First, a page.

Although I do not think that paleontologists any longer believe it, they once theorized that mammals evolved as scavengers and egg-stealers in the age of the dinosaurs.  Something similar may be the role that is left to humans in a thoroughly automated system of transactional finance.  Things were probably headed in that direction even before the machines intruded themselves so pervasively: it surely is no coincidence that the widespread adoption of passive investment techniques was accompanied by the growth of hedge funds and similarly “undisciplined,” opportunistic forms of investment.  We humans can get our own back on the machines by thriving in the environment they create.

Tuesday, January 18, 2011

A Defense against Predatory Traders?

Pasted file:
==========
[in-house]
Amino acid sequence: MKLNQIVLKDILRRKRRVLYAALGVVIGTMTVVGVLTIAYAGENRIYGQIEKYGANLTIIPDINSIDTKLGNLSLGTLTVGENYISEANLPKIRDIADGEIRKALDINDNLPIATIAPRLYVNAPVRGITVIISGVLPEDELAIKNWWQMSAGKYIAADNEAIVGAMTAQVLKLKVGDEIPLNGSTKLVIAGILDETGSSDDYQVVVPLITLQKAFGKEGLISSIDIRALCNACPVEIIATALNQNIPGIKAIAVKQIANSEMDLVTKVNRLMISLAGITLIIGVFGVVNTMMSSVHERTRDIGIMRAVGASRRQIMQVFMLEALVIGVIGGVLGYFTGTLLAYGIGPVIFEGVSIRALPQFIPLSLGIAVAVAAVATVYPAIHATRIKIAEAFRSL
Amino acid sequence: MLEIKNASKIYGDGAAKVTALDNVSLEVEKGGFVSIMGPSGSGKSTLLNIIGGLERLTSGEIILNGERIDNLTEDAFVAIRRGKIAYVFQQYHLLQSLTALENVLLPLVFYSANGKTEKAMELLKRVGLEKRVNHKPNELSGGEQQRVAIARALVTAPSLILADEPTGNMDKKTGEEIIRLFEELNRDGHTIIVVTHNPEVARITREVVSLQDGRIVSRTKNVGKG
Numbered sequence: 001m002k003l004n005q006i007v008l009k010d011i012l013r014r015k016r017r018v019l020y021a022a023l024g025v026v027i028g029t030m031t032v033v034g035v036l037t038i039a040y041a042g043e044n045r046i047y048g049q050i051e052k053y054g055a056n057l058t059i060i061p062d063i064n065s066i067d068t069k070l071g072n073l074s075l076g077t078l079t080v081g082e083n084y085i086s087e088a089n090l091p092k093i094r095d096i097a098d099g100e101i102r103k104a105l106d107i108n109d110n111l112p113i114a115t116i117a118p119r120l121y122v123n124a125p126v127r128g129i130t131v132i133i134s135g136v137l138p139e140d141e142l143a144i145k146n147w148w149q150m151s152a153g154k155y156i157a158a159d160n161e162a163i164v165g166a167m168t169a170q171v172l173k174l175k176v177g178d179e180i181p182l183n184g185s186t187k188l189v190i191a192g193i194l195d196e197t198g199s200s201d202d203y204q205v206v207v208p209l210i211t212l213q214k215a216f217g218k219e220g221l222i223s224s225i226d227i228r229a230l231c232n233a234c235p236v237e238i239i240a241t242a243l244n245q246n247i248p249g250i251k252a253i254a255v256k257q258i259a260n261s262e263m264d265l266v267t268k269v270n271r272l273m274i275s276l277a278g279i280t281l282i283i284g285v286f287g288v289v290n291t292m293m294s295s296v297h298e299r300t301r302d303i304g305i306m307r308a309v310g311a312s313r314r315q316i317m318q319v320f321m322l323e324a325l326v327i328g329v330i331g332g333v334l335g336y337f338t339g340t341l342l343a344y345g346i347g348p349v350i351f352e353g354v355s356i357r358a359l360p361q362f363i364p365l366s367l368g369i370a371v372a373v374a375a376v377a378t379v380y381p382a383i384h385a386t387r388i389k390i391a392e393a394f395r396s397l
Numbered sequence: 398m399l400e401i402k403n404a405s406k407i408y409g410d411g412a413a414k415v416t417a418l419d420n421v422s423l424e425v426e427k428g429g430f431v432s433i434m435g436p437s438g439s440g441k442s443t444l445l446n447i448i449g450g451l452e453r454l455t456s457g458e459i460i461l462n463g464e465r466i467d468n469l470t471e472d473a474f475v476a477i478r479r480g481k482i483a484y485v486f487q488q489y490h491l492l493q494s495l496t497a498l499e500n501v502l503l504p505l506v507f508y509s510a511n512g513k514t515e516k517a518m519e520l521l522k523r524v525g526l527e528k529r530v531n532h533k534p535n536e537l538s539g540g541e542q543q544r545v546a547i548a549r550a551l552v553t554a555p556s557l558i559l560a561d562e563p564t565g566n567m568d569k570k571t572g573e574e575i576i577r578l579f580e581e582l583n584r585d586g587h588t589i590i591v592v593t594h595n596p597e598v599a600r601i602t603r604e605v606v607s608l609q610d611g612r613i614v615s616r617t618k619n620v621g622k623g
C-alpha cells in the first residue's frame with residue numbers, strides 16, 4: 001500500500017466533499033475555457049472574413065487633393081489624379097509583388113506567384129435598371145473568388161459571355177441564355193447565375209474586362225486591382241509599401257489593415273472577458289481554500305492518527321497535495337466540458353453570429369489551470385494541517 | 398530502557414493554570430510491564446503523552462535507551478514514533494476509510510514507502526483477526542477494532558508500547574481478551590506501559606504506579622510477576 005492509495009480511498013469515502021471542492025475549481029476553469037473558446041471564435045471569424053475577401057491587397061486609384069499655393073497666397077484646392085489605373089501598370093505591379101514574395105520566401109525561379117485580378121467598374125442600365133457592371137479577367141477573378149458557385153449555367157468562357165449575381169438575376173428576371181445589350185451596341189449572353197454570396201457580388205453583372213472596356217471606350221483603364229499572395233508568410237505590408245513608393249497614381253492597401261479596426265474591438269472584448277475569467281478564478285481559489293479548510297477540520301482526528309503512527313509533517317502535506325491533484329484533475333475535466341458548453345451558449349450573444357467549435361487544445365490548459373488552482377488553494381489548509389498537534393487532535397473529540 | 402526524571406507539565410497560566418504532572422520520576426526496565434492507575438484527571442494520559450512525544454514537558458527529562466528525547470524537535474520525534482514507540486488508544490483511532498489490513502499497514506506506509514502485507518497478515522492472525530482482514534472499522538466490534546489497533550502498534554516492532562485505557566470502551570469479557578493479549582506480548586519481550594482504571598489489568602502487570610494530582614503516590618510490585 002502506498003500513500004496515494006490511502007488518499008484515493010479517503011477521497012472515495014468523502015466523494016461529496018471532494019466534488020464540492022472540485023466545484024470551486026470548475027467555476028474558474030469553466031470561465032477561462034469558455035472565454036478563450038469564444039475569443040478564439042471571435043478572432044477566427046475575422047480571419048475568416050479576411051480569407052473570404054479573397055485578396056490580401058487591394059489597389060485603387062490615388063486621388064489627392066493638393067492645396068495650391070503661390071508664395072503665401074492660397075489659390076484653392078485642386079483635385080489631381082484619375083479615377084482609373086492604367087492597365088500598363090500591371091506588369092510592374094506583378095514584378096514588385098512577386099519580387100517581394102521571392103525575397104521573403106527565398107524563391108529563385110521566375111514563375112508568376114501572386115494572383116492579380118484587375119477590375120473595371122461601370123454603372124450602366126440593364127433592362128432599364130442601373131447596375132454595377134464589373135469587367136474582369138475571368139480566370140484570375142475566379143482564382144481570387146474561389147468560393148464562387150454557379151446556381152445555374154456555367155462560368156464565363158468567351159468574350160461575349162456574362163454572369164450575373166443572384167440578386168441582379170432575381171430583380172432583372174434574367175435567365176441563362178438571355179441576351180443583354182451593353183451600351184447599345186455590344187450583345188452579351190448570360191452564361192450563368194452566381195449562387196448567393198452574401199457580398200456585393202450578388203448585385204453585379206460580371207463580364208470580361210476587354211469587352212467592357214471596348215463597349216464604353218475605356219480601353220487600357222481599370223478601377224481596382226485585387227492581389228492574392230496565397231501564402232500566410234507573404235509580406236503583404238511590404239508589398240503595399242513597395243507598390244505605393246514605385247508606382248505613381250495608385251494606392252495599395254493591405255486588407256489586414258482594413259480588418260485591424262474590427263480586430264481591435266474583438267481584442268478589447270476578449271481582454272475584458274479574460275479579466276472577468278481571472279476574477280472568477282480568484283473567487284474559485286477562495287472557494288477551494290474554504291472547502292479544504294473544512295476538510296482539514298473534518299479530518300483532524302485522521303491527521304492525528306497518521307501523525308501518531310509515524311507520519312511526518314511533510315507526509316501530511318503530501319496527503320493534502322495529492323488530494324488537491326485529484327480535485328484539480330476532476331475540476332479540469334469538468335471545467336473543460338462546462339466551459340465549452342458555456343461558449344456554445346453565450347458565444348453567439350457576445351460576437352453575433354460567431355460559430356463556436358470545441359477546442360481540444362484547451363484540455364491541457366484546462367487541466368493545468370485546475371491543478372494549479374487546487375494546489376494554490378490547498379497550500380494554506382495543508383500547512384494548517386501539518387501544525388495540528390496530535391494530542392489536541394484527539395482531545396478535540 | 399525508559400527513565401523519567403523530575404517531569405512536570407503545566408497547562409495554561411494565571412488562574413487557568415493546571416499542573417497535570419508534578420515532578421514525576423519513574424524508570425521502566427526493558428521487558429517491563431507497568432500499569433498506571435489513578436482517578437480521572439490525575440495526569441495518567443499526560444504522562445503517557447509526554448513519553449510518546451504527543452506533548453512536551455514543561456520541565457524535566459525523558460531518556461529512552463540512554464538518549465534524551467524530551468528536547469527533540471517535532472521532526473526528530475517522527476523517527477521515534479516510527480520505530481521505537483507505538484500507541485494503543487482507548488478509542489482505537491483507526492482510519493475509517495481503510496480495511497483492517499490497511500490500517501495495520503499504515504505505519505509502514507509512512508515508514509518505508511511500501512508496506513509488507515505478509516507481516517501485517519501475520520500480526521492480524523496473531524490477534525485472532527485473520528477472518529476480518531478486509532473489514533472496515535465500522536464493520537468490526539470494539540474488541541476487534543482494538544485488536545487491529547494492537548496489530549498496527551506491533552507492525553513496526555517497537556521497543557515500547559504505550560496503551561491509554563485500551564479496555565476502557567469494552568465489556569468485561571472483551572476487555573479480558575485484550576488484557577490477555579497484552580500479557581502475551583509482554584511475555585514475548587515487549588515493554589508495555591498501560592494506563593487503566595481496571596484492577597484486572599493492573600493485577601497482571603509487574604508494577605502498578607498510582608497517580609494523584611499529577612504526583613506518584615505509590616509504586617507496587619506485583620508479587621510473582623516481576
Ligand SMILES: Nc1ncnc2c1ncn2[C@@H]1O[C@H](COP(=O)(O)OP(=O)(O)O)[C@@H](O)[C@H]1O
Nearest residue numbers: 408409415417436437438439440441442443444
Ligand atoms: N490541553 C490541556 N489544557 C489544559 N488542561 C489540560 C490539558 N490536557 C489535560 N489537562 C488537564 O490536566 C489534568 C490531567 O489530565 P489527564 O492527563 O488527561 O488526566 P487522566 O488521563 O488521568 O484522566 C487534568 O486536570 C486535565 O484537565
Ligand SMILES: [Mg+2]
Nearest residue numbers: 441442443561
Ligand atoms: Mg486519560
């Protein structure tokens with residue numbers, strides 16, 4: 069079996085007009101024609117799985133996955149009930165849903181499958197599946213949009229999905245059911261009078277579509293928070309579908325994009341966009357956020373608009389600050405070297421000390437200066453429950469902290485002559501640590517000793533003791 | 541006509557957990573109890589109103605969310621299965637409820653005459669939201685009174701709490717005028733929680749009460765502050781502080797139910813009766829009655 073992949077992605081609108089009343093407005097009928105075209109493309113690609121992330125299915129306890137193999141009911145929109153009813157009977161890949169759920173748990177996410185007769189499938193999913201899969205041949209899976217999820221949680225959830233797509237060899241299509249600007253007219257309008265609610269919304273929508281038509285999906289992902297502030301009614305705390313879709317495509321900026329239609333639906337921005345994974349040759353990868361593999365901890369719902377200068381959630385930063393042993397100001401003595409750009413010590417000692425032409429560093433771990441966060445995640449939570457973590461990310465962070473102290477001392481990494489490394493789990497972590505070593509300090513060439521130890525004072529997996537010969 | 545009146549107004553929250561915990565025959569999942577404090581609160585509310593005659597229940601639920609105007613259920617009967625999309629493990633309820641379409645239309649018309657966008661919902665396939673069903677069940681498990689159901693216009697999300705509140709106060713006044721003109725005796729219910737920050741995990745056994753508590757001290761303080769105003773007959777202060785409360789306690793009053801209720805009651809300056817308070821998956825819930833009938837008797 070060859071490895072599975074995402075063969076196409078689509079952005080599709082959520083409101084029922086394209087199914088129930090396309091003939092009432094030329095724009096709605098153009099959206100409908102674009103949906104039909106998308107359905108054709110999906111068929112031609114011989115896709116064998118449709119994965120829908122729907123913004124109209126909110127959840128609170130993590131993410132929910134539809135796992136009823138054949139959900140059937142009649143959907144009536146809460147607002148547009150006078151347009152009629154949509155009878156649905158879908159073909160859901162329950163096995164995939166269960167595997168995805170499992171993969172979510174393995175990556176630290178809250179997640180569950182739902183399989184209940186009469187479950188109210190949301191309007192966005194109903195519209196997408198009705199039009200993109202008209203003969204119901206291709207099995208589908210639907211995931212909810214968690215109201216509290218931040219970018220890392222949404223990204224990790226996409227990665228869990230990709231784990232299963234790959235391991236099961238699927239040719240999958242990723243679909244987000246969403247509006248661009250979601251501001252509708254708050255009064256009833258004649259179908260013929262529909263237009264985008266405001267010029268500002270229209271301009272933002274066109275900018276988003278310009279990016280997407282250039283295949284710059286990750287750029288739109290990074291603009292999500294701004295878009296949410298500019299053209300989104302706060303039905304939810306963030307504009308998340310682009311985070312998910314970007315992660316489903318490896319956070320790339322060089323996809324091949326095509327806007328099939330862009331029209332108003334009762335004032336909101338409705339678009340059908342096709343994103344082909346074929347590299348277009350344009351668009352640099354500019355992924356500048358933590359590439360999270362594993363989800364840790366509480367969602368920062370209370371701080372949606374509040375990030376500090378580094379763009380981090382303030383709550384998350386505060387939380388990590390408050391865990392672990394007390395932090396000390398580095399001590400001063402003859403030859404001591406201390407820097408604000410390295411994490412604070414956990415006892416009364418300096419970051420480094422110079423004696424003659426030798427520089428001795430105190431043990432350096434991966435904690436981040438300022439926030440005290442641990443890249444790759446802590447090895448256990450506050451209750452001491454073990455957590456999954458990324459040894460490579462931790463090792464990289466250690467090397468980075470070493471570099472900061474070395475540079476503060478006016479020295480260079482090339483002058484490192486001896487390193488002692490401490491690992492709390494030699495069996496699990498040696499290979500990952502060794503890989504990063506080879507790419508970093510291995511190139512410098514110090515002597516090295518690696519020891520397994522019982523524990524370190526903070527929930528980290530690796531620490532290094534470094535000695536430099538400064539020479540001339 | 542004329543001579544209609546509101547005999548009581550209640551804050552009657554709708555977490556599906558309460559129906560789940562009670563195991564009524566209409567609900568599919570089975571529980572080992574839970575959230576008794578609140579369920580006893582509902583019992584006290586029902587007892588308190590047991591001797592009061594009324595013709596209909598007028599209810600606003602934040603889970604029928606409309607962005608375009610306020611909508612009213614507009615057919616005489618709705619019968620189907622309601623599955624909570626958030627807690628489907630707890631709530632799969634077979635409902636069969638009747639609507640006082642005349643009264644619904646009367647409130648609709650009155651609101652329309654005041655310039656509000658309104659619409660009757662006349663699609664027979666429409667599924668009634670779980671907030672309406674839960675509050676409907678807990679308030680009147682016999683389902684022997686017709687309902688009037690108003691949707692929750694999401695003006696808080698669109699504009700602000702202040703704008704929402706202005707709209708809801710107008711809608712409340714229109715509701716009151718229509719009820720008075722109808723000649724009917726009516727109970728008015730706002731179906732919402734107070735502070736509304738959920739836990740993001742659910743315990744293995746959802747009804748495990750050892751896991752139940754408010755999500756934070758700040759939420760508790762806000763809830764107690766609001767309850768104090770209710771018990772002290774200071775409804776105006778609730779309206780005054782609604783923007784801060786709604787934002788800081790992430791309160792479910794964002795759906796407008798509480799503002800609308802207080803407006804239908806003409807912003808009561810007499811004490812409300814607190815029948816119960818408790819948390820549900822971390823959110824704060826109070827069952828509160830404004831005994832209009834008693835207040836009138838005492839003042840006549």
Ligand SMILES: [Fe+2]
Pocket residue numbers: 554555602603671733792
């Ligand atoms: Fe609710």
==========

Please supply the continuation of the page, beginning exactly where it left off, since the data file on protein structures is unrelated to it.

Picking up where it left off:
Institutions have a long history of accusing market makers and other active traders of predatory trading. There is justice in many, but certainly not all, of these complaints. Much of the innovation in U.S. market structure over the last decade or so has been motivated by institutions’ desire to avoid the problems they perceive themselves to have had with traditional liquidity providers. The results have not met expectations: the fragmentation of liquidity into numerous execution venues has in fact increased the ability of computer algorithms to anticipate the routing of large institutional orders. It is entirely legal for a firm to exploit such information, provided that the firm does not have a fiduciary duty to the source of the order.